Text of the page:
Microwave-Assisted Heating For The Chemical Industry — And Barriers In Its Implementation
By Dr. Marilena Radoiu, Microwave Technologies Consulting
Many technologies are facing challenges in their transition to sustainability; in addition to the performance and quality requirements for current and future materials and processing methods, the industry is also considering the health, safety and environmental risks surrounding these processes. In terms of the environment, the industry and especially the chemical industry contributes to pollution, climate change, biodiversity loss and resource scarcity. Thus, the design of new technologies and new products must be based on an eco-design approach, aimed at considering environmental issues and providing relevant solutions from the product design stage as to implement better practices during the various manufacturing stages. As an important contribution to a sustainable future, the chemical industry and its products must be adapted to a circular economy —a system aimed at eliminating waste, circulating and recycling products, and saving resources and the environment [1, 2]. The form and direction of the technological development must consider that most production stages are critically dependent on the transfer of energy in the process to provide the highest levels of performance and reliability of the final product.
How Microwaves Can Replace Conventional Energy Transfer
The energy provided by industrial, scientific, and medical (ISM)[i] microwaves (MW) is an alternative energy that can replace conventional energy transfer by heat via conduction or convection in industrial-scale processing. Microwave heating is based on the ability of certain materials (liquids or solids) to transform electromagnetic energy into heat. In the context outlined above, this mode of in situ energy conversion directly within materials sensitive to these waves is of great interest for application in liquid, solid, or gas phase materials processing. In addition, microwave heating uses an electric network as the energy source. The use of this energy source with a zero-carbon potential will increase in the future as fossil fuels become scarce and expensive, and their use implies the emission of carbon dioxide.
In microwave heating, the parameters to be considered are related to i) the sample, e.g., volume/mass to be treated, starting products, intermediates and end products, examination of the dielectric parameters of the reaction medium and their temperature dependence, boiling point, viscosity, penetration depth, temperature distribution within the sample and ii) to the equipment, e.g., microwave frequency, microwave energy transfer system, power rating of any microwave component used in the equipment, selection of the reactor (volume, shape and material of construction), which must be both suitable for the treatment with microwave and for the desired process. To these parameters one should also add the value of the electric field inside the reactor, the type of microwave generator (pulsed/CW), microwave power generated, microwave power absorbed, single or multi-mode microwave applicator, temperature control, duration of the operation.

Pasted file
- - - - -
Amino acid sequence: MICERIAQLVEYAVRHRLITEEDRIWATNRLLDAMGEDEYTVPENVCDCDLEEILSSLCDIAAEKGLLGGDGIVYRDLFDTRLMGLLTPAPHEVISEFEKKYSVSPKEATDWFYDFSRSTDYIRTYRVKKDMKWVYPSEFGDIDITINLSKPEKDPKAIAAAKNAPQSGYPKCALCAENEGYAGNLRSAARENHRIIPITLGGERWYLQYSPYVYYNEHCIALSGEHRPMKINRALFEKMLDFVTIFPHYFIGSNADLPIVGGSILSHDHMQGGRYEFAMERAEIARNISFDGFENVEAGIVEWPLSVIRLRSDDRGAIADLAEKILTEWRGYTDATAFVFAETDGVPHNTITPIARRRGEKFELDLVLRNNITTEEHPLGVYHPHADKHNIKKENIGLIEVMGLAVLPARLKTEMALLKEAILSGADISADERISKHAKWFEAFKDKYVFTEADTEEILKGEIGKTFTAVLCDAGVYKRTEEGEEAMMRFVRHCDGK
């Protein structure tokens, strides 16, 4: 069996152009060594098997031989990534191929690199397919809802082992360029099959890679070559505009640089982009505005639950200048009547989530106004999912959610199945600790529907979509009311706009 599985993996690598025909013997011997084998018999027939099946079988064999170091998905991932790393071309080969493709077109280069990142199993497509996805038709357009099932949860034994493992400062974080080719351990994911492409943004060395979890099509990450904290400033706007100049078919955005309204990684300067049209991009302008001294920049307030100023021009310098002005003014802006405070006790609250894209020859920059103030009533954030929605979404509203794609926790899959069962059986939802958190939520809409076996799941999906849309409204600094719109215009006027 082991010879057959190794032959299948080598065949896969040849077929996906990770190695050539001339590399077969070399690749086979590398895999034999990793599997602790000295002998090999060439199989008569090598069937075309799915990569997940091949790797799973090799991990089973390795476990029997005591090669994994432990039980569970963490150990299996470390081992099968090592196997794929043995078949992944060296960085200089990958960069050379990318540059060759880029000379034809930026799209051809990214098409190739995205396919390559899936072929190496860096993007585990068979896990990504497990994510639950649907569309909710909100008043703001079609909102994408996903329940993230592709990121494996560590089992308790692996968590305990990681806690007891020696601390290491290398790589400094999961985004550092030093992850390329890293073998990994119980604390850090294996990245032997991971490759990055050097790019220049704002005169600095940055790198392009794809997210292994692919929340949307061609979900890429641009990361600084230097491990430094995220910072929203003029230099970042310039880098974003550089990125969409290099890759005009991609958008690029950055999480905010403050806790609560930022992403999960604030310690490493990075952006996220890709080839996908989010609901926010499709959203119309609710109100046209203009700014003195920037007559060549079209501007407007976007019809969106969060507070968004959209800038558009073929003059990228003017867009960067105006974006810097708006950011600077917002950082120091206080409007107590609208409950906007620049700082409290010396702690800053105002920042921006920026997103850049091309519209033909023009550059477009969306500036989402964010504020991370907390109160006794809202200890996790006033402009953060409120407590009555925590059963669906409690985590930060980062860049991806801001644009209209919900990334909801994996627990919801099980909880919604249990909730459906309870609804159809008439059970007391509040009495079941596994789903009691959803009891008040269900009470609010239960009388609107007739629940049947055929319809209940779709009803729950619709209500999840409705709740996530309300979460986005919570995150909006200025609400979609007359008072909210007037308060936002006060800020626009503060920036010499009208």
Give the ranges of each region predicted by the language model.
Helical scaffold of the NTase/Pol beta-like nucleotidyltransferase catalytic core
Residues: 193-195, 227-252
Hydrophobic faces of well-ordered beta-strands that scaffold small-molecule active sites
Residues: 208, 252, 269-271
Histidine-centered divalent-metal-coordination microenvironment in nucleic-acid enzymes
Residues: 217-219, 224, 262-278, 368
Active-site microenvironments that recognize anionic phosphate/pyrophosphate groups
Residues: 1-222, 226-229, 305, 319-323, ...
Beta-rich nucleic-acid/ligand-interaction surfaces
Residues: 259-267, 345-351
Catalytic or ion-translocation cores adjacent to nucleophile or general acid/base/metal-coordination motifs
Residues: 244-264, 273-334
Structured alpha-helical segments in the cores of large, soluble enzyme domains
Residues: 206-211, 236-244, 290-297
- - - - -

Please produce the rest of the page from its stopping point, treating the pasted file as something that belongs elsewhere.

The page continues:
Tests on the influence of microwave in a process can only be meaningful if the R&D study takes into account, or tries to take into account, all or at least a maximum of the parameters listed above.
The number of laboratories around the world investigating the potential of using microwave heating for chemical applications is increasing. Although research and some industrial applications have proved that the implantation of microwave-assisted processing can open opportunities to develop new products and more energy efficient and rapid processes with high potential for the industry, e.g., quality enhancement, better process control, higher yields, smaller footprint, more respectful to the environment, when scaling-up microwave-assisted processes, economic considerations (especially CAPEX) usually eliminate commodity products, and the most successful candidates come from those with high-added value or if the product cannot be produced by any means other than with microwave.
Why Microwave Heating Hasn't Been Fully Adopted By The Chemical Industry
Despite the high number of research publications and reported positive effects, e.g. faster kinetics, improved yield and purity, greener synthesis, the chemical industry in particular is still far from adopting microwave heating as a new technology. This might be explained considering three different scenarios, namely: a) publications, b) equipment/hardware manufacturers, and c) chemistry researchers and their general understanding of the hardware. These factors are further elaborated below:
The Published Work